The bronze monument in front of Post 147 in Miami, Okla., bears words that denote patriotism, a call for brotherhood and a mystery.
After the Honor Guard performed the funeral services of a local veteran, Vernon Allen, the post received a call from his son. Legionnaire Roy Woods said while going through Allen's things, a giant bronze plaque was found, covered in trash, collecting dust in a garage. The son called the Legion post, offering to donate it instead of scrapping it.
But underneath "years and years of grime" lay text that moved the members of Post 147.
"You could take your hand across this and you could feel every single letter," Woods said.
The raised, "irreplaceable" text reads:
"In response to the promise of liberty, justice and freedom of religion, we left our native lands which we loved so dearly and, coming from the farthest corners of the world, we arrived in America. We fished in her waters, farmed her fields, worked in her factories, sold her products and realized that here in this beautiful land we had fulfilled our hopes and dreams for ourselves and our children. Now united as one people, we work toward our goal of living as equal Americans.
"God bless America and the good people who made her strong."
"The words are touching. It's meaningful," Woods said.
Yet any history of the plaque, with its unusual language, is unknown. Authored anonymously, there isn't even a foundry mark.
"Where did Mr. Allen get the plaque that was stored in his garage? Nobody knows. I guess he took that information to the grave with him," Woods said. "To me this is a relic that was completely lost, and I wish I knew more about it but I don't."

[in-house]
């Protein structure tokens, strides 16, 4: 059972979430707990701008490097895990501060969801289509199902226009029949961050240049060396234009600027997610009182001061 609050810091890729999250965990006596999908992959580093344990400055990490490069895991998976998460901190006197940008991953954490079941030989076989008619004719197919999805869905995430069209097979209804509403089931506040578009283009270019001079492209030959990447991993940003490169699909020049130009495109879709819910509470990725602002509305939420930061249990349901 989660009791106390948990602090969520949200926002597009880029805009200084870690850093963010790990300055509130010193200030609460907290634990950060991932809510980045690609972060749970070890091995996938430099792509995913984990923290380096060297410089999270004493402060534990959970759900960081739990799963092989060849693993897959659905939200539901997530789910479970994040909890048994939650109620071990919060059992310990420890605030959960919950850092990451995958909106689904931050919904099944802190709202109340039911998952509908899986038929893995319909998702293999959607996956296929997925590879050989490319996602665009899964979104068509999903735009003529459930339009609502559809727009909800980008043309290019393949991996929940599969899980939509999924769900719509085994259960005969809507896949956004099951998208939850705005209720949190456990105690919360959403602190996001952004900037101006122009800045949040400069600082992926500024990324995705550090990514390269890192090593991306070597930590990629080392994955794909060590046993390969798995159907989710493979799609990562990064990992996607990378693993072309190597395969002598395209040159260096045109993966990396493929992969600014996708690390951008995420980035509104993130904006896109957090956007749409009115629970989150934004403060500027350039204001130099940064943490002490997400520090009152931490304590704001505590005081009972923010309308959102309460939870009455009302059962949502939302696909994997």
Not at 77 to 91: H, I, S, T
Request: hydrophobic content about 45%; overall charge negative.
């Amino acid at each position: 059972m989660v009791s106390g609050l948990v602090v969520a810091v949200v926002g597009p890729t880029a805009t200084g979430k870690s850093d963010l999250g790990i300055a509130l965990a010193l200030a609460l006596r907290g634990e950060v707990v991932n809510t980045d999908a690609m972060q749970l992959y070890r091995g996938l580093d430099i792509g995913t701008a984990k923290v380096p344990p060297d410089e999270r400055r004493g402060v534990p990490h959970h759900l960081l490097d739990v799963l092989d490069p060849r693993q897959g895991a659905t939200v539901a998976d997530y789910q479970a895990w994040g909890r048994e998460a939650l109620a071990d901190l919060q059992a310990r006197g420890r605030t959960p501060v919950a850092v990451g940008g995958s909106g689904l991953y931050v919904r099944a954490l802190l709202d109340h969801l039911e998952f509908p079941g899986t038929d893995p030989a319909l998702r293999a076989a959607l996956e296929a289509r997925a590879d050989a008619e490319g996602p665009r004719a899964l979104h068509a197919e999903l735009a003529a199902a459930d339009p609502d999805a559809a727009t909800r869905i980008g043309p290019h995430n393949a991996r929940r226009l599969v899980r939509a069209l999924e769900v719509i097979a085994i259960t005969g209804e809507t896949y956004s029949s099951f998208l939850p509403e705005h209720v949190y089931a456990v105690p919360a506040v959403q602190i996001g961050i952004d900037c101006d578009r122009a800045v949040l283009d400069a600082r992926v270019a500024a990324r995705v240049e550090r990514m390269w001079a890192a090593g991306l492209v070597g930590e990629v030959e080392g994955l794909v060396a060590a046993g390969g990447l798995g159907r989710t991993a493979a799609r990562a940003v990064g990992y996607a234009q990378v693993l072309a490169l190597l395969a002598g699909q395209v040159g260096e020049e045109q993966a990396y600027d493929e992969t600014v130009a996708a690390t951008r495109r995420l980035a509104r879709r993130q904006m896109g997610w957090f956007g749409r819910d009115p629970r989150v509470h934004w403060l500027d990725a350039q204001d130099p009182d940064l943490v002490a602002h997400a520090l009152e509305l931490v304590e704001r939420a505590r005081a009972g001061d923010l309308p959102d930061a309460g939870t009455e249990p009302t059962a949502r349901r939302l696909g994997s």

Originally, the Legionnaires planned to hang the plaque, but, upon finding it - all 850 pounds of it, they decided to build a special monument instead. The brick masonry was donated, and because of the weight of the plaque, two steel beams were dug a yard down, set in concrete and affixed to the monument.
Post 147 member and then-Oklahoma Rep. Larry Glenn encouraged the post to have a dedication ceremony and paid to cater it in 2014. Woods said over 200 people attended.
"Once people know about it, they pull in there with the intention of not getting out of the car. Then after they read it, you'll normally see the husband get out with his camera: He has to get a picture," Woods said. "It's very well received."
The post hopes it proves a small tourist attraction, as it is located only three miles off historic Route 66. In this vein, the post also plans to open a free museum with artifacts from World War I through the present. World War II veteran and Post 147 member Glenn Pitts pushed for a museum.
"Our goal is that people come down look at the plaque, then come inside and take a walk through the military museum," Woods said.
Woods said he anticipates the museum will open by Memorial Day 2015.